Slip-painted pottery bowl, with an archer on horseback

Found near Aleppo, Syria
13th century AD

This is a striking image of an archer drawing his bow and arrow, atop a rearing horse. The pose has been manipulated so as to fit into the round space as neatly as possible. Any remaining background space has been filled with curling scrolls of stylized plant stems and leaves.

The bowl is an example of two pottery techniques: sgraffito incised decoration and the contrasting splashware glazing. Both were popular means of decorating ceramics: they were widespread in Samanid Iran and cAbbasid Iraq in the ninth and tenth centuries, and also during the late Fatimid and Ayyubid periods (eleventh to thirteenth centuries) in Anatolia, Syria, Iraq and Egypt. Multicolour-painted sgraffito remained popular in Mamluk Egypt and Syria (1250-1516), where it began to feature inscriptions and heraldic devices rather than figurative subjects.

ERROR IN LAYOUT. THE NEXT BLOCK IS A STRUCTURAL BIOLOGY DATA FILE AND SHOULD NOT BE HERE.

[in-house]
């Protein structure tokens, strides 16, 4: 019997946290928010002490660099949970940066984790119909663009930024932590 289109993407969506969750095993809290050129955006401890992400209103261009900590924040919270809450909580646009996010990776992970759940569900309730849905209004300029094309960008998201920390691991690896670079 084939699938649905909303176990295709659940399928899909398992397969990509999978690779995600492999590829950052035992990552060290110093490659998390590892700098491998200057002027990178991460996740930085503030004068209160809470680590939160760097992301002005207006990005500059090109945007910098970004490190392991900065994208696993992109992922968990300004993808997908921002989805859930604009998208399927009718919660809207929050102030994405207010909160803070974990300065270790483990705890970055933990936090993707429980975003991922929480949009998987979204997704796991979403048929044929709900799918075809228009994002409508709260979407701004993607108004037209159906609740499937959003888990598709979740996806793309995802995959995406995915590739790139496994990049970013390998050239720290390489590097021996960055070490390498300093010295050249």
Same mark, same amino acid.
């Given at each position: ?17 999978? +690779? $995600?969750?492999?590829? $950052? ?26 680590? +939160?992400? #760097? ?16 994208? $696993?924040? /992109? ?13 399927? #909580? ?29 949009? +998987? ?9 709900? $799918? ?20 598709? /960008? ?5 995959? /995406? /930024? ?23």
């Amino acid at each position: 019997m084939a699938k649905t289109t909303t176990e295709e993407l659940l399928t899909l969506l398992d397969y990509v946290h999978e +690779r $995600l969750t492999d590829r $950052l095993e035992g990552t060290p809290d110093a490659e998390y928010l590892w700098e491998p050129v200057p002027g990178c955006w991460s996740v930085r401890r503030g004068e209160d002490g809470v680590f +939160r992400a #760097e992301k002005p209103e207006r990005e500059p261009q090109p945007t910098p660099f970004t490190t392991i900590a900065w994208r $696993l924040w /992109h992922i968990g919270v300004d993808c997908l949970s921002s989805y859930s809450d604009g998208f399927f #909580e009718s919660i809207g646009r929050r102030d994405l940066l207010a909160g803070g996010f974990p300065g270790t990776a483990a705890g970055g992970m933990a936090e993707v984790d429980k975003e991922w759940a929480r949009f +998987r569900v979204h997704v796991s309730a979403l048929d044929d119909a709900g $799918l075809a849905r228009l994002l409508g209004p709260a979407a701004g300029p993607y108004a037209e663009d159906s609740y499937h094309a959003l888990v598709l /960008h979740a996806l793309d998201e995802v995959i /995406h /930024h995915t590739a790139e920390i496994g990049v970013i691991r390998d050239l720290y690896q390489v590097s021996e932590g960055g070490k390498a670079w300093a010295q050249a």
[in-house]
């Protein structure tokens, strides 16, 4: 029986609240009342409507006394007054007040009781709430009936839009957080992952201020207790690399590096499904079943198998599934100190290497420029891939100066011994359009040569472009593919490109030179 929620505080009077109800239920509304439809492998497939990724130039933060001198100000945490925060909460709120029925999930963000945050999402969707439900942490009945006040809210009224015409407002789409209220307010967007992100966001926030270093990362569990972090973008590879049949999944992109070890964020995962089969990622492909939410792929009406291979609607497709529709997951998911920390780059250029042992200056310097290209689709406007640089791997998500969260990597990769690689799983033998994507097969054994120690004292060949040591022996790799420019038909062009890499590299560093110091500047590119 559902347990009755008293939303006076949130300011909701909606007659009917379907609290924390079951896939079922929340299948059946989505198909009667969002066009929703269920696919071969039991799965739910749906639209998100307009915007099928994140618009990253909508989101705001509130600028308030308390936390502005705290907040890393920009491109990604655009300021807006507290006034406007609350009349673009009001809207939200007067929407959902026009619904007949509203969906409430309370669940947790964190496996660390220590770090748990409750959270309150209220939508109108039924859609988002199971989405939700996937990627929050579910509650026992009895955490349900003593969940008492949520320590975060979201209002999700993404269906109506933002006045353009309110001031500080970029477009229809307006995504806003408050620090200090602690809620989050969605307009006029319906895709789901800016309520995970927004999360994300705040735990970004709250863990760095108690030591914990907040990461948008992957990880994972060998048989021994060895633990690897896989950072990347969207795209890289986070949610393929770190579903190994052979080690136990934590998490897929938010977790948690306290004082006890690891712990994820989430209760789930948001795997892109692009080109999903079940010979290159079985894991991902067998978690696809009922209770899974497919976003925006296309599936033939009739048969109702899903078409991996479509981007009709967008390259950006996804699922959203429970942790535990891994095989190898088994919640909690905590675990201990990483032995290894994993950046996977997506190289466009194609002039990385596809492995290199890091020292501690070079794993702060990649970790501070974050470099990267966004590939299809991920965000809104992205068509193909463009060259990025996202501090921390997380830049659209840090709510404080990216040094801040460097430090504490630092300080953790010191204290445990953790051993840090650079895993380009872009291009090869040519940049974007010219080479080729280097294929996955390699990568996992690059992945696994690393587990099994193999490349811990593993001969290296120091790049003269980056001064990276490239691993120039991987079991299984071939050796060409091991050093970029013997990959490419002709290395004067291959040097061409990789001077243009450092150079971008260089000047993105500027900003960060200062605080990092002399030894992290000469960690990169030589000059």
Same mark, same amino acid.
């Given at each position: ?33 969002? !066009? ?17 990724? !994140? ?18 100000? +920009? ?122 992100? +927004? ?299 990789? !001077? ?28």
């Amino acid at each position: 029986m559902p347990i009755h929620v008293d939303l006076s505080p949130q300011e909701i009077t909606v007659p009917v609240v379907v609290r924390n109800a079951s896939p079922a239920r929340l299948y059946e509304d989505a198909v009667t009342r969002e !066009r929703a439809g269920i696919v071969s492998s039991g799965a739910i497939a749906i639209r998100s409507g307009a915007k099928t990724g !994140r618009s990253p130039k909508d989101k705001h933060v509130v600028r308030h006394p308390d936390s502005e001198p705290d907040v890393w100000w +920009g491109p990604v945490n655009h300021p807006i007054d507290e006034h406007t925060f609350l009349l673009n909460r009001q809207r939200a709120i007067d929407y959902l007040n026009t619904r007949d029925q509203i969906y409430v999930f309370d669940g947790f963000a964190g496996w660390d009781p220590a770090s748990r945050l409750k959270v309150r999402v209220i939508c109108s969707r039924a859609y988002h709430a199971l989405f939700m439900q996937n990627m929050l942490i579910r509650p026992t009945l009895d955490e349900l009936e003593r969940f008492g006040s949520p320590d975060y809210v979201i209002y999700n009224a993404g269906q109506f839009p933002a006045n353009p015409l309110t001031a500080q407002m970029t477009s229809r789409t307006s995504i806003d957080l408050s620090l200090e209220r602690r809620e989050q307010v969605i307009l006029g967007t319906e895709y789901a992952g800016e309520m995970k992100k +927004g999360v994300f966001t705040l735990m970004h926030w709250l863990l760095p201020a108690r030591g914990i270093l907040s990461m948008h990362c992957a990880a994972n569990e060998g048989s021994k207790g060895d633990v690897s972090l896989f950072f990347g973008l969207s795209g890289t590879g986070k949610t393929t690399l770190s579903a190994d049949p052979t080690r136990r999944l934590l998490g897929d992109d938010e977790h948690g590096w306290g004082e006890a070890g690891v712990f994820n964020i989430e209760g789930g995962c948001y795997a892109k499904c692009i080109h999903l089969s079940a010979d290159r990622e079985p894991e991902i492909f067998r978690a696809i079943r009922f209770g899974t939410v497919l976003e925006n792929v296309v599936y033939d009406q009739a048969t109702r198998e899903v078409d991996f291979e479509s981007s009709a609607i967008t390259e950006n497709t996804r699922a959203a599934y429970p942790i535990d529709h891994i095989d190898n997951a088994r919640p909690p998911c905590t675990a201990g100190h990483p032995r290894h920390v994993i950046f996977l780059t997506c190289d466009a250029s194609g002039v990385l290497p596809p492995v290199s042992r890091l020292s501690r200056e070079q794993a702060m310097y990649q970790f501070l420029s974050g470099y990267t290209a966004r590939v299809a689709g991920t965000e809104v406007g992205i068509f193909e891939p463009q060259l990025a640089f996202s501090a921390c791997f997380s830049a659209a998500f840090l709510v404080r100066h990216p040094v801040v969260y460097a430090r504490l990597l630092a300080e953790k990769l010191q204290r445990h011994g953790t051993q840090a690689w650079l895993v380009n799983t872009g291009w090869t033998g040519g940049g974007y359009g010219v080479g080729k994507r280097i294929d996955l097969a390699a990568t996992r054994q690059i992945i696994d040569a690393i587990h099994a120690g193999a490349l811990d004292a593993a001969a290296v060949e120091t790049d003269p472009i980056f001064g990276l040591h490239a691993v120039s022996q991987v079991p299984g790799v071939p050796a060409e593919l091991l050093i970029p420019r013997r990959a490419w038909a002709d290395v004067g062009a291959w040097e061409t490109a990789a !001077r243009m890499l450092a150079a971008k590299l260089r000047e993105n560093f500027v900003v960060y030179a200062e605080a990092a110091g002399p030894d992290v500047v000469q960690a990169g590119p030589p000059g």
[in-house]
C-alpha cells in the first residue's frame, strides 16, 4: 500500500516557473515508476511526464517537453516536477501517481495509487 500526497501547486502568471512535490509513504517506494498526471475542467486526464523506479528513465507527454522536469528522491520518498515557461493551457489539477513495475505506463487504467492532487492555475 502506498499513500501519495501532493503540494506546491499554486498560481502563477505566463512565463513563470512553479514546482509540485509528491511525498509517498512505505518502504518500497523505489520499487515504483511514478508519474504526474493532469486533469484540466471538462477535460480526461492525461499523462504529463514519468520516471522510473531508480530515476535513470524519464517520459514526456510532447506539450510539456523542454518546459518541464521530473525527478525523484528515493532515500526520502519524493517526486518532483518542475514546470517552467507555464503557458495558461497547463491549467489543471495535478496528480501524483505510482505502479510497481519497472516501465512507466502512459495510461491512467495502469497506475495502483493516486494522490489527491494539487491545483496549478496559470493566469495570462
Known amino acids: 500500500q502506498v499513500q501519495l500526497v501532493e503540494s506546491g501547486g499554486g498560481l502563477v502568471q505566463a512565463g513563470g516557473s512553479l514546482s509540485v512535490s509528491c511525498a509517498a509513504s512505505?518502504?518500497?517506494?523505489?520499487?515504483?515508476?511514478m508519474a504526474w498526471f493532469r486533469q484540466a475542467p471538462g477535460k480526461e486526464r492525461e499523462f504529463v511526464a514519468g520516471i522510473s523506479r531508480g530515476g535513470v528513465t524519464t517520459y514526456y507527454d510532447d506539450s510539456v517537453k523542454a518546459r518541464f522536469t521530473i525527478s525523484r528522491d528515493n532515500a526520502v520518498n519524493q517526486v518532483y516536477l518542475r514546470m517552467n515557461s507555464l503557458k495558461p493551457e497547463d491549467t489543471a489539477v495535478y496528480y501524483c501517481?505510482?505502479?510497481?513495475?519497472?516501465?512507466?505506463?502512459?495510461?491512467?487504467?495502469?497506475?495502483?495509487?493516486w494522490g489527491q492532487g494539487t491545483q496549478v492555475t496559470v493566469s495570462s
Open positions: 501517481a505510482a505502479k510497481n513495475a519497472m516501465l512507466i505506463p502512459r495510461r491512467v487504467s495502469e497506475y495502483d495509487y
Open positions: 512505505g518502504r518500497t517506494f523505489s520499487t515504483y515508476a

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More information


V. Porter and O. Watson, 'Tell Minis wares' in Syria and Iran: three studies (Oxford University Press, 1987), pp. 175-247

Géza Fehérvári, Pottery of the Islamic world i (Kuwait, Tareq Rajab Museum, 1998)

E. Atil, Ceramics from the world of Isl (Smithsonian Institute, Washington, D.C., 1973)

E. J. Grube and others, Cobalt and lustre: the first c (London, Nour Foundation, 1994)


Diameter: 26.000 cm

Museum number

ME OA 1931.7-16.1



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